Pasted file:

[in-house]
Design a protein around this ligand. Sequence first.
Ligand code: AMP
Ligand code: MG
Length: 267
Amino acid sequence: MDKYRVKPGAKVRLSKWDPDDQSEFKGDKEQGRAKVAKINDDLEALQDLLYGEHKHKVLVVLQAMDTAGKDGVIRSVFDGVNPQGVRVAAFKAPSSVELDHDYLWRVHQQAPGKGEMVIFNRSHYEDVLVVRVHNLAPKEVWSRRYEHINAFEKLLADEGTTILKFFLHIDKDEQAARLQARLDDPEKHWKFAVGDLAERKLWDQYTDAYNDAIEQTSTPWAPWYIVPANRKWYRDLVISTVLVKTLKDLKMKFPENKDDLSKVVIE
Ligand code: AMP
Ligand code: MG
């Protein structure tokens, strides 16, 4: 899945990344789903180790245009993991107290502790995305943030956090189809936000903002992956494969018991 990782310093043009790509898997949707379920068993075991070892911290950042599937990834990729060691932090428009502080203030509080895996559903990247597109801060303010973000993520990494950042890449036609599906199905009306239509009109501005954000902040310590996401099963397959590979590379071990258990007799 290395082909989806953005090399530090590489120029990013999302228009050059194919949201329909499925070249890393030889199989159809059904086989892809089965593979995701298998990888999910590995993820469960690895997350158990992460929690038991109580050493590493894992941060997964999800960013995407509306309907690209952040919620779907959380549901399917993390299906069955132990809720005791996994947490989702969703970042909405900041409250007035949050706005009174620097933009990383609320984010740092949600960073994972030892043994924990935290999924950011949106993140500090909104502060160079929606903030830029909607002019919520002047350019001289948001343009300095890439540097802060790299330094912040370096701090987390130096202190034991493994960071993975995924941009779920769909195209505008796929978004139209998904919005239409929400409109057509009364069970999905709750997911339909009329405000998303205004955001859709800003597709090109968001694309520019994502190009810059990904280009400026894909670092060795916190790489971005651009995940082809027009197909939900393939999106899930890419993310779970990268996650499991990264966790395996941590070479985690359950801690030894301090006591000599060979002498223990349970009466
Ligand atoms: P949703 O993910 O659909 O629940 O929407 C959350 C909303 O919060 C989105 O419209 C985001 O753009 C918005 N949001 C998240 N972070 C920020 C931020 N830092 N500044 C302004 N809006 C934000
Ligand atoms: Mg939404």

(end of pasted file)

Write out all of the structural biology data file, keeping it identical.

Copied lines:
[in-house]
Design a protein around this ligand. Sequence first.
Ligand code: AMP
Ligand code: MG
Length: 267
Amino acid sequence: MDKYRVKPGAKVRLSKWDPDDQSEFKGDKEQGRAKVAKINDDLEALQDLLYGEHKHKVLVVLQAMDTAGKDGVIRSVFDGVNPQGVRVAAFKAPSSVELDHDYLWRVHQQAPGKGEMVIFNRSHYEDVLVVRVHNLAPKEVWSRRYEHINAFEKLLADEGTTILKFFLHIDKDEQAARLQARLDDPEKHWKFAVGDLAERKLWDQYTDAYNDAIEQTSTPWAPWYIVPANRKWYRDLVISTVLVKTLKDLKMKFPENKDDLSKVVIE
Ligand code: AMP
Ligand code: MG
């Protein structure tokens, strides 16, 4: 899945990344789903180790245009993991107290502790995305943030956090189809936000903002992956494969018991 990782310093043009790509898997949707379920068993075991070892911290950042599937990834990729060691932090428009502080203030509080895996559903990247597109801060303010973000993520990494950042890449036609599906199905009306239509009109501005954000902040310590996401099963397959590979590379071990258990007799 290395082909989806953005090399530090590489120029990013999302228009050059194919949201329909499925070249890393030889199989159809059904086989892809089965593979995701298998990888999910590995993820469960690895997350158990992460929690038991109580050493590493894992941060997964999800960013995407509306309907690209952040919620779907959380549901399917993390299906069955132990809720005791996994947490989702969703970042909405900041409250007035949050706005009174620097933009990383609320984010740092949600960073994972030892043994924990935290999924950011949106993140500090909104502060160079929606903030830029909607002019919520002047350019001289948001343009300095890439540097802060790299330094912040370096701090987390130096202190034991493994960071993975995924941009779920769909195209505008796929978004139209998904919005239409929400409109057509009364069970999905709750997911339909009329405000998303205004955001859709800003597709090109968001694309520019994502190009810059990904280009400026894909670092060795916190790489971005651009995940082809027009197909939900393939999106899930890419993310779970990268996650499991990264966790395996941590070479985690359950801690030894301090006591000599060979002498223990349970009466
Ligand atoms: P949703 O993910 O659909 O629940 O929407 C959350 C909303 O919060 C989105 O419209 C985001 O753009 C918005 N949001 C998240 N972070 C920020 C931020 N830092 N500044 C302004 N809006 C934000
Ligand atoms: Mg939404």